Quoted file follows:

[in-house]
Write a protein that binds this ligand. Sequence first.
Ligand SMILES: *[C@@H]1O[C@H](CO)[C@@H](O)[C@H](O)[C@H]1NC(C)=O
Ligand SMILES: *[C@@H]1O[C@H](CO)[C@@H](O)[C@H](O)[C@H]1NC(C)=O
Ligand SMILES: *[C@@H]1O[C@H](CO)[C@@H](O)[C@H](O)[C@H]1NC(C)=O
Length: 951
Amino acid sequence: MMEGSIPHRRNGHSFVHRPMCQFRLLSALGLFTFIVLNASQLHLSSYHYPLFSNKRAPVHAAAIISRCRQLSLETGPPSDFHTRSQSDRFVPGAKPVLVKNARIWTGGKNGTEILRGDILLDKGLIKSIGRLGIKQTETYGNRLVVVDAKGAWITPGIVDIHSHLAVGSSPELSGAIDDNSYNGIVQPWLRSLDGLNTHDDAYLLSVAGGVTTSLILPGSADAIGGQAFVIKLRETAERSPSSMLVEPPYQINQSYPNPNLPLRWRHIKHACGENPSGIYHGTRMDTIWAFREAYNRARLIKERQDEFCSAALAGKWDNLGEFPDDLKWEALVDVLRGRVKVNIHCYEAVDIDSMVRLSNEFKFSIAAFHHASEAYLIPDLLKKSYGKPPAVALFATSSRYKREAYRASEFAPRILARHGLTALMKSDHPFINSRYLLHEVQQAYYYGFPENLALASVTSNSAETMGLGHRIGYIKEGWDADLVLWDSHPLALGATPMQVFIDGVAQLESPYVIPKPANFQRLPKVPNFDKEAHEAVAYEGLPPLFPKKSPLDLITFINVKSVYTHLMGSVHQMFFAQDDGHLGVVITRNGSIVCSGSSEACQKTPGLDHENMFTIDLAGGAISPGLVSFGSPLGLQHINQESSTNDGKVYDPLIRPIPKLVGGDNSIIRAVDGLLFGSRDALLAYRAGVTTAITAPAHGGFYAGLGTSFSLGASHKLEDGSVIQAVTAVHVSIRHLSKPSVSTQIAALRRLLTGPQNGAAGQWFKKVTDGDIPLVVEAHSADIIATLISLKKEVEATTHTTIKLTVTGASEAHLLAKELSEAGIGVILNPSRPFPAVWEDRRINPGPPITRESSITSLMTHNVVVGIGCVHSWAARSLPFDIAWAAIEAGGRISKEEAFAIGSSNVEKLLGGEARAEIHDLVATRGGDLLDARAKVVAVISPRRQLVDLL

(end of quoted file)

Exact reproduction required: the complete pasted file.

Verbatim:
[in-house]
Write a protein that binds this ligand. Sequence first.
Ligand SMILES: *[C@@H]1O[C@H](CO)[C@@H](O)[C@H](O)[C@H]1NC(C)=O
Ligand SMILES: *[C@@H]1O[C@H](CO)[C@@H](O)[C@H](O)[C@H]1NC(C)=O
Ligand SMILES: *[C@@H]1O[C@H](CO)[C@@H](O)[C@H](O)[C@H]1NC(C)=O
Length: 951
Amino acid sequence: MMEGSIPHRRNGHSFVHRPMCQFRLLSALGLFTFIVLNASQLHLSSYHYPLFSNKRAPVHAAAIISRCRQLSLETGPPSDFHTRSQSDRFVPGAKPVLVKNARIWTGGKNGTEILRGDILLDKGLIKSIGRLGIKQTETYGNRLVVVDAKGAWITPGIVDIHSHLAVGSSPELSGAIDDNSYNGIVQPWLRSLDGLNTHDDAYLLSVAGGVTTSLILPGSADAIGGQAFVIKLRETAERSPSSMLVEPPYQINQSYPNPNLPLRWRHIKHACGENPSGIYHGTRMDTIWAFREAYNRARLIKERQDEFCSAALAGKWDNLGEFPDDLKWEALVDVLRGRVKVNIHCYEAVDIDSMVRLSNEFKFSIAAFHHASEAYLIPDLLKKSYGKPPAVALFATSSRYKREAYRASEFAPRILARHGLTALMKSDHPFINSRYLLHEVQQAYYYGFPENLALASVTSNSAETMGLGHRIGYIKEGWDADLVLWDSHPLALGATPMQVFIDGVAQLESPYVIPKPANFQRLPKVPNFDKEAHEAVAYEGLPPLFPKKSPLDLITFINVKSVYTHLMGSVHQMFFAQDDGHLGVVITRNGSIVCSGSSEACQKTPGLDHENMFTIDLAGGAISPGLVSFGSPLGLQHINQESSTNDGKVYDPLIRPIPKLVGGDNSIIRAVDGLLFGSRDALLAYRAGVTTAITAPAHGGFYAGLGTSFSLGASHKLEDGSVIQAVTAVHVSIRHLSKPSVSTQIAALRRLLTGPQNGAAGQWFKKVTDGDIPLVVEAHSADIIATLISLKKEVEATTHTTIKLTVTGASEAHLLAKELSEAGIGVILNPSRPFPAVWEDRRINPGPPITRESSITSLMTHNVVVGIGCVHSWAARSLPFDIAWAAIEAGGRISKEEAFAIGSSNVEKLLGGEARAEIHDLVATRGGDLLDARAKVVAVISPRRQLVDLL